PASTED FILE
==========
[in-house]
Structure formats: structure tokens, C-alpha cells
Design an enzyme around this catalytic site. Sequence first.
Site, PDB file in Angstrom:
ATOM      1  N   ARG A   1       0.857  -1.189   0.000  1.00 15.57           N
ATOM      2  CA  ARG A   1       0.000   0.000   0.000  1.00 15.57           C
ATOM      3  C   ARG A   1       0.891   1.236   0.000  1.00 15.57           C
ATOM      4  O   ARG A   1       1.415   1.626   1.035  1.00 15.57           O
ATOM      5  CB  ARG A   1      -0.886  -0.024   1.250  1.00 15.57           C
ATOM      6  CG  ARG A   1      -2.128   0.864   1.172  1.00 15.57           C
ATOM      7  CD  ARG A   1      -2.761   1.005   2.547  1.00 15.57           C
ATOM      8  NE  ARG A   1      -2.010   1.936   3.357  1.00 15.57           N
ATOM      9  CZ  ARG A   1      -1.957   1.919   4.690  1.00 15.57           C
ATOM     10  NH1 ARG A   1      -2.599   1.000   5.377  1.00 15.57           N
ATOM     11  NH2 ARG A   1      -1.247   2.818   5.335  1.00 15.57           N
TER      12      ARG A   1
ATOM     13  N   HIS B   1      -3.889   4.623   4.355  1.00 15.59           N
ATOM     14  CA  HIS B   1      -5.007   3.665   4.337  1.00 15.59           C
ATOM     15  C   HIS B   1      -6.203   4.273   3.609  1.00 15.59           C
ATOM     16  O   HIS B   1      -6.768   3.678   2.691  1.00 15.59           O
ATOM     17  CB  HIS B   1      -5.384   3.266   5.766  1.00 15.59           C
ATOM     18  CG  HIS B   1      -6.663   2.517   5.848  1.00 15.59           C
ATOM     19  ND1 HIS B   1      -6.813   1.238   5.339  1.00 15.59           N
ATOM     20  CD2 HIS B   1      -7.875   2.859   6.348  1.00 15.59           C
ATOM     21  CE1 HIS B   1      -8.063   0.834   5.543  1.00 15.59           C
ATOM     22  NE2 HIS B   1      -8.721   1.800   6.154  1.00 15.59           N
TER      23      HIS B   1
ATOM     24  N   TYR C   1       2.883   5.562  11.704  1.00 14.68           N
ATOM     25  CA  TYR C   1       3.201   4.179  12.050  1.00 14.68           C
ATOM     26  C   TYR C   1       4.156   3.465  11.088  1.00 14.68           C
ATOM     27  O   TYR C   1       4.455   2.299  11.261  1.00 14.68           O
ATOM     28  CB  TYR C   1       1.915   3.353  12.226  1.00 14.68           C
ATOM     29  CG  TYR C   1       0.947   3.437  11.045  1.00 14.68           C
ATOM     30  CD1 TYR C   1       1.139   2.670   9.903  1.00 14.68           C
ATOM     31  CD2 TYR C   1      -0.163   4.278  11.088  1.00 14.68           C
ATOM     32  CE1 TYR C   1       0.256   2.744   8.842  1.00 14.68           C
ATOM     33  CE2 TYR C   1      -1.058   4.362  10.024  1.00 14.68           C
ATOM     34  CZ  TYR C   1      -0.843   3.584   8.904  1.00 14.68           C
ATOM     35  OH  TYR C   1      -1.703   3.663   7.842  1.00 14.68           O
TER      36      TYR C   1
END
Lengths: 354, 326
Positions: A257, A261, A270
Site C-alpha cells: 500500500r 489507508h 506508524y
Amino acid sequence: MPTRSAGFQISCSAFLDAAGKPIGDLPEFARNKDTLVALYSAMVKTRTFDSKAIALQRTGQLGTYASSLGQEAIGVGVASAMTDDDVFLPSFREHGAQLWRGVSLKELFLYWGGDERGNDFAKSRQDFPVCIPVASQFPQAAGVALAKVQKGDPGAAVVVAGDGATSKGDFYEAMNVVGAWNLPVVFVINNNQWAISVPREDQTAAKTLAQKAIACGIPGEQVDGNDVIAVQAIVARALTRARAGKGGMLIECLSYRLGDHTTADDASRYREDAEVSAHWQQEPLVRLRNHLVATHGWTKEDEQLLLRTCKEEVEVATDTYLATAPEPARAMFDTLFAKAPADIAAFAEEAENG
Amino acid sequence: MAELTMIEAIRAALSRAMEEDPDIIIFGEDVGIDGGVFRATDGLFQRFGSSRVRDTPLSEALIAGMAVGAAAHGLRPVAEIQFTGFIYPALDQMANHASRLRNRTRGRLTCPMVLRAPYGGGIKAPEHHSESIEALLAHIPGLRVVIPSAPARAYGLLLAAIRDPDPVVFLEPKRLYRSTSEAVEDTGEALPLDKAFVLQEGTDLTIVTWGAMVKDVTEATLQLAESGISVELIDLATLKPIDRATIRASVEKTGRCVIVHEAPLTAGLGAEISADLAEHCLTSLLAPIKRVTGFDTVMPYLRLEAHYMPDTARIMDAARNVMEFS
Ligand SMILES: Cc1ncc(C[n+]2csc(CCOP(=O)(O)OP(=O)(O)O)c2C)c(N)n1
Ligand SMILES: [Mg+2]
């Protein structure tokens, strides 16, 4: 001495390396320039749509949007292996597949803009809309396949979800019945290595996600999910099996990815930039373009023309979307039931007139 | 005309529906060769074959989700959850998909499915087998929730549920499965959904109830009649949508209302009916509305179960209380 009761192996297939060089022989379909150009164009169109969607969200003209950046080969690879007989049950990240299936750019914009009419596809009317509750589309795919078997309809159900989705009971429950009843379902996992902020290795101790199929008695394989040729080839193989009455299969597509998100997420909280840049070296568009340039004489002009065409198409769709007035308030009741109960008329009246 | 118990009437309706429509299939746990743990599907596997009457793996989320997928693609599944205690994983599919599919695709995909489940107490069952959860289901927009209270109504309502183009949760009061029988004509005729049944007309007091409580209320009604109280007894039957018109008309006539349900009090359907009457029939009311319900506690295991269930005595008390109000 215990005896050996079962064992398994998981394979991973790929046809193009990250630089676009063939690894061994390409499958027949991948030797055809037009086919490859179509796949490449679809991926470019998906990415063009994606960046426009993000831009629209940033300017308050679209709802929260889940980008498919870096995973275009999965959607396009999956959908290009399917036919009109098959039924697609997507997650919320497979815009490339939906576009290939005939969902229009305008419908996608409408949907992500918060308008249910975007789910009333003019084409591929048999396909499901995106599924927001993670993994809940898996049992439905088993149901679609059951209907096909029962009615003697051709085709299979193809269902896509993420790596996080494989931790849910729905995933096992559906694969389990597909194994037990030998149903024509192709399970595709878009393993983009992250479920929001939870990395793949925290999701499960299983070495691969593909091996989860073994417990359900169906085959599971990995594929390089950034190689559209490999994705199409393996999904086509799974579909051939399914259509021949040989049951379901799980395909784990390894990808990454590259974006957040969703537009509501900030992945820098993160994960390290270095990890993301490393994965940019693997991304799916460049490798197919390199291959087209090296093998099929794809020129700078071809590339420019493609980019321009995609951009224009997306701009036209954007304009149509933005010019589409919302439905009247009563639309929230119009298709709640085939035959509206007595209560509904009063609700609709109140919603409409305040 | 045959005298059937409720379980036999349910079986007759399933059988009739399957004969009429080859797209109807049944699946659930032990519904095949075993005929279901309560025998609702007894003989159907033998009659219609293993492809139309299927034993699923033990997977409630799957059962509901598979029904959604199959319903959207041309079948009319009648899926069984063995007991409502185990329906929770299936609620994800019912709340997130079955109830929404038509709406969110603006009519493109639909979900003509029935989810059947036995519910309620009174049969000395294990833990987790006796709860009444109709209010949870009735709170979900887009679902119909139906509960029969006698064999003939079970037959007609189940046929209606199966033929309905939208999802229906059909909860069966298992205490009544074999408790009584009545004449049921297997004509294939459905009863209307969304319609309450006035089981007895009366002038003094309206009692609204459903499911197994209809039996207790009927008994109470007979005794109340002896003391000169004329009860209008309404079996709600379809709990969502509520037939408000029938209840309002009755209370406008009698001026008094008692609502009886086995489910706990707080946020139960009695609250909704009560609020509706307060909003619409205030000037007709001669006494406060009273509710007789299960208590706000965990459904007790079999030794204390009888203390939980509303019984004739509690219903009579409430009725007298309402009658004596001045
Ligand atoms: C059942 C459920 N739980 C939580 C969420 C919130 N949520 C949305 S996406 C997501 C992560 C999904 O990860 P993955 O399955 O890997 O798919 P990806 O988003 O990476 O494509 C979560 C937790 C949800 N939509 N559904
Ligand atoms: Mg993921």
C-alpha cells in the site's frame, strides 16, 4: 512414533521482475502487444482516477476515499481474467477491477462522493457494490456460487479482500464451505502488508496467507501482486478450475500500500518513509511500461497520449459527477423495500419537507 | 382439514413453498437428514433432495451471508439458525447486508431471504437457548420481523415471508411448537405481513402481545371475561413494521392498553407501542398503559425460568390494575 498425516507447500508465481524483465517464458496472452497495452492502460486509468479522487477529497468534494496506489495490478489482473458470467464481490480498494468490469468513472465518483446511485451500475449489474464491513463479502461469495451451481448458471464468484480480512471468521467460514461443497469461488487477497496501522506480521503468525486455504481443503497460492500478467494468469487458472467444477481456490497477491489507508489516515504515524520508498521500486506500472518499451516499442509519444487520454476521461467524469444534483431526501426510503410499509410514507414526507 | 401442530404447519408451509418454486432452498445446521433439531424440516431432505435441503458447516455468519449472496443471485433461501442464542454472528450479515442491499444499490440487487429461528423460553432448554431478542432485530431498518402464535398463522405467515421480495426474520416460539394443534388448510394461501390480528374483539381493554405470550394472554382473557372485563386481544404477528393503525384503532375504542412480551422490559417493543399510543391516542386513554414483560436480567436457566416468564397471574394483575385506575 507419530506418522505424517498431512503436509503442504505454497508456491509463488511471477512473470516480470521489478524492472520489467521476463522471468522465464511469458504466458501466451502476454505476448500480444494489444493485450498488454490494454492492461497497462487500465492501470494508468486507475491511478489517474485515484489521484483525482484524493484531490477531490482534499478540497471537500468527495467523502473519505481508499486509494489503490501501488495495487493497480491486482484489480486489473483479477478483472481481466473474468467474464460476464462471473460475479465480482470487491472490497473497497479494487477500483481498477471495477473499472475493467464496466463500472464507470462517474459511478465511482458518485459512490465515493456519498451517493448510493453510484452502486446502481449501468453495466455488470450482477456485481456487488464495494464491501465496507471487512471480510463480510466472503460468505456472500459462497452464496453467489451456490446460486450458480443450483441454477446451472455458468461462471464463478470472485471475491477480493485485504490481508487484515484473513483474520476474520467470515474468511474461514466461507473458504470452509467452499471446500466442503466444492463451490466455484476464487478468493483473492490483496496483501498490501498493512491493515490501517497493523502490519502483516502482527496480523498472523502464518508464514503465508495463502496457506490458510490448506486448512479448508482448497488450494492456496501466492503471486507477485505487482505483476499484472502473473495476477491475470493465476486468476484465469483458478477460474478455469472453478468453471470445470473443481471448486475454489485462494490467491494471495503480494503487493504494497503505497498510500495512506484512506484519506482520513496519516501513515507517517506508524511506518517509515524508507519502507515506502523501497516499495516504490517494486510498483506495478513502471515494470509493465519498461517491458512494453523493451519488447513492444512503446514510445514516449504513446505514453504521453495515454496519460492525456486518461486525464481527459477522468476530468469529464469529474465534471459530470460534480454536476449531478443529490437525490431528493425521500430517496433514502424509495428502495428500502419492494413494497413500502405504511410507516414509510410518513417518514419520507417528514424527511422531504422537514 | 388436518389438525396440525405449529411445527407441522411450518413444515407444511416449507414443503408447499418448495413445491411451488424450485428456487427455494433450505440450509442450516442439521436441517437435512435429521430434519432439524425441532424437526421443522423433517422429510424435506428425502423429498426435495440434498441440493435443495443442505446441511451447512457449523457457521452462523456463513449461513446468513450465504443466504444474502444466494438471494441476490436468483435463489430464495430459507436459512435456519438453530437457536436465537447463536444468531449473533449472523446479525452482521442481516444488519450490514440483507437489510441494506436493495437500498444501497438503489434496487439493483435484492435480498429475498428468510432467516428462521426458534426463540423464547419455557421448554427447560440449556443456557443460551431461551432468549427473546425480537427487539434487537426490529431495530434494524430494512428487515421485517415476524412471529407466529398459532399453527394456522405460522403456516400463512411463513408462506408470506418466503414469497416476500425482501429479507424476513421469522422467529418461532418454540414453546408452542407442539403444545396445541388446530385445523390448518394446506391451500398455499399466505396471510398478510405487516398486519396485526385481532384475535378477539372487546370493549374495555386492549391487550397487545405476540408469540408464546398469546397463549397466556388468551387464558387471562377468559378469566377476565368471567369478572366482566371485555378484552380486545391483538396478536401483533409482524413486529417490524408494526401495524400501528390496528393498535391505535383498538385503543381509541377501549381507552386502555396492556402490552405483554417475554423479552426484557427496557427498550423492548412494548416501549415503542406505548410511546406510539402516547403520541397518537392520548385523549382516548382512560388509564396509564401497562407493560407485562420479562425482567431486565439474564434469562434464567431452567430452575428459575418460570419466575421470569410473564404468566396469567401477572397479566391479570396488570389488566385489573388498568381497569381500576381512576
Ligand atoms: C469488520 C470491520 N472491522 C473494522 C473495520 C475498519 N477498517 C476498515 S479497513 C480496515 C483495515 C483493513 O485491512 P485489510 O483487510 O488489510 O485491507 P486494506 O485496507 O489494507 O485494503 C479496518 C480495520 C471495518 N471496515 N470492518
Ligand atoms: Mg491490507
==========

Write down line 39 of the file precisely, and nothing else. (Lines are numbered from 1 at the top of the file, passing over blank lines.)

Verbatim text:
ATOM     35  OH  TYR C   1      -1.703   3.663   7.842  1.00 14.68           O